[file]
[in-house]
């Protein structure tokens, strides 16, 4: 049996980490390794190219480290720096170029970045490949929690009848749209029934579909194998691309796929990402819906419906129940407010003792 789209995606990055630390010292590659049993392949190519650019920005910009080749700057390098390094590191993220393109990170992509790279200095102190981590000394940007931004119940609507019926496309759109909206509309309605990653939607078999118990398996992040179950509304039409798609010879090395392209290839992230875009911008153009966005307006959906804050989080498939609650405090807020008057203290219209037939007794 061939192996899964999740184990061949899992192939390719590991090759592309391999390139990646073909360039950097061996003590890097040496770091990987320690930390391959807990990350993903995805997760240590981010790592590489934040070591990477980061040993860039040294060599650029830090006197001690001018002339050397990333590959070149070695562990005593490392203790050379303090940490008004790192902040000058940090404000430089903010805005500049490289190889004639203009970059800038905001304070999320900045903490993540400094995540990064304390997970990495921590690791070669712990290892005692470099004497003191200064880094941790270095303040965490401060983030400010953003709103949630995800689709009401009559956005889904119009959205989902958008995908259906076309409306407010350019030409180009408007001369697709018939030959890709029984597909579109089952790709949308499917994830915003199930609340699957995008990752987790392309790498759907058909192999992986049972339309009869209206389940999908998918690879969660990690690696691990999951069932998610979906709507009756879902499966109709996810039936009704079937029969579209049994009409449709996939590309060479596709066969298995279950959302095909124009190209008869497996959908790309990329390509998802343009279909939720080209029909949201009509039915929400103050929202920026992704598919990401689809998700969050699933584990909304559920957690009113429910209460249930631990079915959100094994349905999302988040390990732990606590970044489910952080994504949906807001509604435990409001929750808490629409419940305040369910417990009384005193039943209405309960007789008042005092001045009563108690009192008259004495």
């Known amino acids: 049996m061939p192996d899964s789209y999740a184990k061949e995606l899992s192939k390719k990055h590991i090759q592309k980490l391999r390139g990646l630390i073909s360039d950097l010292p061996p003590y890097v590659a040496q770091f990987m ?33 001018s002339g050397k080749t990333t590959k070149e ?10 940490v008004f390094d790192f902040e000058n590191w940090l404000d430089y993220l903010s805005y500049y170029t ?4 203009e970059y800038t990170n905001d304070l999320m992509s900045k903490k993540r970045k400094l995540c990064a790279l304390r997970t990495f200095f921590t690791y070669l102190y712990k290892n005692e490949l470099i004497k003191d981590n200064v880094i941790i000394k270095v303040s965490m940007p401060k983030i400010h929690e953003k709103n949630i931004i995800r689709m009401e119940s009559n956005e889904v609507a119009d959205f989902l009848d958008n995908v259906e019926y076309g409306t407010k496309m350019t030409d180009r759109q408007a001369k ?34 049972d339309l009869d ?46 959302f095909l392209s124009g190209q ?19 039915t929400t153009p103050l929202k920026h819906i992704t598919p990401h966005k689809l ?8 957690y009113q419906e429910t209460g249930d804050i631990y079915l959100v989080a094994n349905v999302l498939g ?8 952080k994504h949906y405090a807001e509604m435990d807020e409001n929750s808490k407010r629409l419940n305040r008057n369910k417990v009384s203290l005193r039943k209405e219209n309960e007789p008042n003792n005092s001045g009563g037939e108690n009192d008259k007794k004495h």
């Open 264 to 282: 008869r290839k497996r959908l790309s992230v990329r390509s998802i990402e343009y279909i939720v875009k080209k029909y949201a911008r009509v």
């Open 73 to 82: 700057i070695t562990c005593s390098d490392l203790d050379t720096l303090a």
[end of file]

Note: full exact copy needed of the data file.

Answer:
[in-house]
């Protein structure tokens, strides 16, 4: 049996980490390794190219480290720096170029970045490949929690009848749209029934579909194998691309796929990402819906419906129940407010003792 789209995606990055630390010292590659049993392949190519650019920005910009080749700057390098390094590191993220393109990170992509790279200095102190981590000394940007931004119940609507019926496309759109909206509309309605990653939607078999118990398996992040179950509304039409798609010879090395392209290839992230875009911008153009966005307006959906804050989080498939609650405090807020008057203290219209037939007794 061939192996899964999740184990061949899992192939390719590991090759592309391999390139990646073909360039950097061996003590890097040496770091990987320690930390391959807990990350993903995805997760240590981010790592590489934040070591990477980061040993860039040294060599650029830090006197001690001018002339050397990333590959070149070695562990005593490392203790050379303090940490008004790192902040000058940090404000430089903010805005500049490289190889004639203009970059800038905001304070999320900045903490993540400094995540990064304390997970990495921590690791070669712990290892005692470099004497003191200064880094941790270095303040965490401060983030400010953003709103949630995800689709009401009559956005889904119009959205989902958008995908259906076309409306407010350019030409180009408007001369697709018939030959890709029984597909579109089952790709949308499917994830915003199930609340699957995008990752987790392309790498759907058909192999992986049972339309009869209206389940999908998918690879969660990690690696691990999951069932998610979906709507009756879902499966109709996810039936009704079937029969579209049994009409449709996939590309060479596709066969298995279950959302095909124009190209008869497996959908790309990329390509998802343009279909939720080209029909949201009509039915929400103050929202920026992704598919990401689809998700969050699933584990909304559920957690009113429910209460249930631990079915959100094994349905999302988040390990732990606590970044489910952080994504949906807001509604435990409001929750808490629409419940305040369910417990009384005193039943209405309960007789008042005092001045009563108690009192008259004495």
């Known amino acids: 049996m061939p192996d899964s789209y999740a184990k061949e995606l899992s192939k390719k990055h590991i090759q592309k980490l391999r390139g990646l630390i073909s360039d950097l010292p061996p003590y890097v590659a040496q770091f990987m ?33 001018s002339g050397k080749t990333t590959k070149e ?10 940490v008004f390094d790192f902040e000058n590191w940090l404000d430089y993220l903010s805005y500049y170029t ?4 203009e970059y800038t990170n905001d304070l999320m992509s900045k903490k993540r970045k400094l995540c990064a790279l304390r997970t990495f200095f921590t690791y070669l102190y712990k290892n005692e490949l470099i004497k003191d981590n200064v880094i941790i000394k270095v303040s965490m940007p401060k983030i400010h929690e953003k709103n949630i931004i995800r689709m009401e119940s009559n956005e889904v609507a119009d959205f989902l009848d958008n995908v259906e019926y076309g409306t407010k496309m350019t030409d180009r759109q408007a001369k ?34 049972d339309l009869d ?46 959302f095909l392209s124009g190209q ?19 039915t929400t153009p103050l929202k920026h819906i992704t598919p990401h966005k689809l ?8 957690y009113q419906e429910t209460g249930d804050i631990y079915l959100v989080a094994n349905v999302l498939g ?8 952080k994504h949906y405090a807001e509604m435990d807020e409001n929750s808490k407010r629409l419940n305040r008057n369910k417990v009384s203290l005193r039943k209405e219209n309960e007789p008042n003792n005092s001045g009563g037939e108690n009192d008259k007794k004495h």
């Open 264 to 282: 008869r290839k497996r959908l790309s992230v990329r390509s998802i990402e343009y279909i939720v875009k080209k029909y949201a911008r009509v």
């Open 73 to 82: 700057i070695t562990c005593s390098d490392l203790d050379t720096l303090a």